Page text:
We sat at the table. I remember sitting there, thinking: “Wow! I have this team, now, to support me.” My husband got really, really angry—I don’t remember the specific point; but they’re like, “Okay, we’re done.” I thought, “Oh, great! He’s angry, and we’re done,” because they were trying to show him something; and he didn’t want to see it. We walked away, and he thought about it. He came back later; and he said, “You know what? When five people are sitting across the table and telling you something is so, at some point, you have to believe it’s so.”

So, that was a first. There were just these little breakthroughs, along the way. And then, he began reading his Bible more often. He always went through the motions, but there’s a difference when a person becomes in a relationship with God. It’s living, it’s active, and it looks different. 

It’s really, really important to not believe the words because they’ll tell you lots of good words. He had told me things, but I needed to believe behaviors. It took time for the behaviors to represent the change that was occurring in his heart. So, again, it’s a process, and it takes patience.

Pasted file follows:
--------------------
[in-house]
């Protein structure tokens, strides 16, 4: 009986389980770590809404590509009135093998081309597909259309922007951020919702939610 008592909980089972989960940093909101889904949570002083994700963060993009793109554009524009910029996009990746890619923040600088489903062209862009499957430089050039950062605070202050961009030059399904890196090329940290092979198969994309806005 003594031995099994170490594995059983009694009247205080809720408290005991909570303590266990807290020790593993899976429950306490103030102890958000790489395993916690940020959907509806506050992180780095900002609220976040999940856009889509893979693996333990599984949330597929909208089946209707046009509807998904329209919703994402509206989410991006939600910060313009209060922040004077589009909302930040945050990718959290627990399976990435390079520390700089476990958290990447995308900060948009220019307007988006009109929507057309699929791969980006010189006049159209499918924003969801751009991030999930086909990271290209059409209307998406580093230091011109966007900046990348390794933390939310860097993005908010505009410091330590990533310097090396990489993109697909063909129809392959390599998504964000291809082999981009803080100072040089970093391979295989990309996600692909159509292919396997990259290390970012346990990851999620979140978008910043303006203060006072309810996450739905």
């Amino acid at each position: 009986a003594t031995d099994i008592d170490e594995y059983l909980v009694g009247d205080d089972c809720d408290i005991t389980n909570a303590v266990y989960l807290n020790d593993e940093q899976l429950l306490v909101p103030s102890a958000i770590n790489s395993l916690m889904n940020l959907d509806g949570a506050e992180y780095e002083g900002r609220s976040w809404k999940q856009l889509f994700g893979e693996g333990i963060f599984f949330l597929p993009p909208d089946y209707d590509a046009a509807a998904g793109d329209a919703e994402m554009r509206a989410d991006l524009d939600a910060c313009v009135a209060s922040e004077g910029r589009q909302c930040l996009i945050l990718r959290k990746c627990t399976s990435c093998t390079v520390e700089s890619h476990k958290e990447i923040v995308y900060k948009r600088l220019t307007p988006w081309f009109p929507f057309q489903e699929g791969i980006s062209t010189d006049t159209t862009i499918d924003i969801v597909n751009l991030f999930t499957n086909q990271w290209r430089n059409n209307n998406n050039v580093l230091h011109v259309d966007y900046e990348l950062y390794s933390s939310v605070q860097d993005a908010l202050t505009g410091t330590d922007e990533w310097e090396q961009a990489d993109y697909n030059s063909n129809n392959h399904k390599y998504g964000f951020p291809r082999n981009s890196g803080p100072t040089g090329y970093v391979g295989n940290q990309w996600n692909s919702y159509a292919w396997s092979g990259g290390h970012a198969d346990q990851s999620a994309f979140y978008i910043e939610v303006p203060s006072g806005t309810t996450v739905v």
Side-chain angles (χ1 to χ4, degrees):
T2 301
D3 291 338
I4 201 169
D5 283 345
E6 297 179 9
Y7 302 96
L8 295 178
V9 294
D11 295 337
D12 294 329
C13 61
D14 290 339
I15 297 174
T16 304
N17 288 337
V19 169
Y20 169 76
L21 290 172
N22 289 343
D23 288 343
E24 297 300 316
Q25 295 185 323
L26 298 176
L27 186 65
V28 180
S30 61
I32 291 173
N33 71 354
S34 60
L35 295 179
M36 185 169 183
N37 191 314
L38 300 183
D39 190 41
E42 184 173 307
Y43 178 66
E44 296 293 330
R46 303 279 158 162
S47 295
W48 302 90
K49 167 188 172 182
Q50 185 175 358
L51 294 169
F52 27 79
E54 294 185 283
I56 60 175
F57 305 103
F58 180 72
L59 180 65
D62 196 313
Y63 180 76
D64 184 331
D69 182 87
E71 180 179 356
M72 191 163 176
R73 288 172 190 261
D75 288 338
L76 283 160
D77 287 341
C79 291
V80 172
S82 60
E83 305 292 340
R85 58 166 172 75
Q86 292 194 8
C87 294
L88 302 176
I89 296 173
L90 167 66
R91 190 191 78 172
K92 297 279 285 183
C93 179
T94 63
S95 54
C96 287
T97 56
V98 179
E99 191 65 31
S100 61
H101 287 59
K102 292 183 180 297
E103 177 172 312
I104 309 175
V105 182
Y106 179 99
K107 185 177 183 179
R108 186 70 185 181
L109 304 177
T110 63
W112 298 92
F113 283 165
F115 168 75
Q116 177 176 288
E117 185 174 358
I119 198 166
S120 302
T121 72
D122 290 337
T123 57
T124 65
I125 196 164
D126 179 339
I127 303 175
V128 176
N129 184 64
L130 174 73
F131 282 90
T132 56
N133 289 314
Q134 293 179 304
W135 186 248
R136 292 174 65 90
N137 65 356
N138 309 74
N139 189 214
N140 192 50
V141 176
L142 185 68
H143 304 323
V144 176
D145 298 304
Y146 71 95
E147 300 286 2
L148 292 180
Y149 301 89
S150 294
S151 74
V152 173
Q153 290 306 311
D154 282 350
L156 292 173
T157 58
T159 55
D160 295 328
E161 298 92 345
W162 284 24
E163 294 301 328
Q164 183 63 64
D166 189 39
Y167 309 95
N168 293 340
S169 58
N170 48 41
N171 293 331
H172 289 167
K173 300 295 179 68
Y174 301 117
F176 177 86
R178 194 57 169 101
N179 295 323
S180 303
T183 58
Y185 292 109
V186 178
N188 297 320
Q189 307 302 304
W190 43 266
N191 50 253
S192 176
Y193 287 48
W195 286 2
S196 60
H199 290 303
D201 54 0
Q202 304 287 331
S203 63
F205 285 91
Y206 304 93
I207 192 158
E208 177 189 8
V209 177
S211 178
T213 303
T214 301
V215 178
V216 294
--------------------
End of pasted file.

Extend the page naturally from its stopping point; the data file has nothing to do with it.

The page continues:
Dennis: Yes, and I just want to underscore two things here. One, true repentance really does take time.

Meg: Yes.

Dennis: You made the statement, “He didn’t want to see it.” It took five people, at a dining room table, to ultimately force him to look in the mirror. 

And here’s the thing that all of us know in our heart of hearts. You know what?  True repentance does take time. It’s like peeling the layers of an onion. It may take—well, I’m sure, in some ways, he’s still repenting—ten years later—from that sin.

The second thing I want to just underscore is—true forgiveness takes time, too. Yes, it can be granted, at a point in time; but that time may be slow in coming. You know what?  It’s okay. It’s okay to go through the process and not be—and I don’t want to say this wrong—but not be a goody-goody two-shoe Christian—who kind of whitewashes the whole deal, and uses spiritual language over it all, and says, “Oh yes, I forgive you,” when, in reality, they’re still mad, as a hornet, and they want to punish them and get even.

Ultimately, what has to happen is there has to be a coming to grips with your own sin—as you described. You did that really well—of talking about how you determined what you’d done wrong—but then, taking your hands off the scales, and forgiving him, and giving up the right to punish him.